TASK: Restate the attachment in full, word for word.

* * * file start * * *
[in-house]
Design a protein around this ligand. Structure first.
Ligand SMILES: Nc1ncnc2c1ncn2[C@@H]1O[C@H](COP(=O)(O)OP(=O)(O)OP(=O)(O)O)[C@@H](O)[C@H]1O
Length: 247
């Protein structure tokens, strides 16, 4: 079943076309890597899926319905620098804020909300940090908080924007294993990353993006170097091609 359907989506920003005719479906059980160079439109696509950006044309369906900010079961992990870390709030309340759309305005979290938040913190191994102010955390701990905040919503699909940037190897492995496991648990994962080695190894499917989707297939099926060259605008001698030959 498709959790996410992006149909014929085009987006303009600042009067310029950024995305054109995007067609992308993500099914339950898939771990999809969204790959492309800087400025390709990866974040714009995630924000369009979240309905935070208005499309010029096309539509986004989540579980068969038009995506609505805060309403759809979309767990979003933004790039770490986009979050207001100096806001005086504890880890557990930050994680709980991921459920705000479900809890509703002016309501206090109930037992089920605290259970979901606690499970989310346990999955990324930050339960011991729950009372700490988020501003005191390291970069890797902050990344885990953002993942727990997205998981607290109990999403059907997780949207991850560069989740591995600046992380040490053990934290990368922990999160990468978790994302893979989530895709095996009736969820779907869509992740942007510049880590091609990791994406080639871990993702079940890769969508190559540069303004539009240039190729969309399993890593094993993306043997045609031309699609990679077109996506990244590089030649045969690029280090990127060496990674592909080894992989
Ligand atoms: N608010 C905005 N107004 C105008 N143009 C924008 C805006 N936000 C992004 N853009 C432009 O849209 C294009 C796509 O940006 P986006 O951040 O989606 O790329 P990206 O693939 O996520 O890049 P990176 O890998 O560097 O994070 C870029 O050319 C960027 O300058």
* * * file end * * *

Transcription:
[in-house]
Design a protein around this ligand. Structure first.
Ligand SMILES: Nc1ncnc2c1ncn2[C@@H]1O[C@H](COP(=O)(O)OP(=O)(O)OP(=O)(O)O)[C@@H](O)[C@H]1O
Length: 247
């Protein structure tokens, strides 16, 4: 079943076309890597899926319905620098804020909300940090908080924007294993990353993006170097091609 359907989506920003005719479906059980160079439109696509950006044309369906900010079961992990870390709030309340759309305005979290938040913190191994102010955390701990905040919503699909940037190897492995496991648990994962080695190894499917989707297939099926060259605008001698030959 498709959790996410992006149909014929085009987006303009600042009067310029950024995305054109995007067609992308993500099914339950898939771990999809969204790959492309800087400025390709990866974040714009995630924000369009979240309905935070208005499309010029096309539509986004989540579980068969038009995506609505805060309403759809979309767990979003933004790039770490986009979050207001100096806001005086504890880890557990930050994680709980991921459920705000479900809890509703002016309501206090109930037992089920605290259970979901606690499970989310346990999955990324930050339960011991729950009372700490988020501003005191390291970069890797902050990344885990953002993942727990997205998981607290109990999403059907997780949207991850560069989740591995600046992380040490053990934290990368922990999160990468978790994302893979989530895709095996009736969820779907869509992740942007510049880590091609990791994406080639871990993702079940890769969508190559540069303004539009240039190729969309399993890593094993993306043997045609031309699609990679077109996506990244590089030649045969690029280090990127060496990674592909080894992989
Ligand atoms: N608010 C905005 N107004 C105008 N143009 C924008 C805006 N936000 C992004 N853009 C432009 O849209 C294009 C796509 O940006 P986006 O951040 O989606 O790329 P990206 O693939 O996520 O890049 P990176 O890998 O560097 O994070 C870029 O050319 C960027 O300058």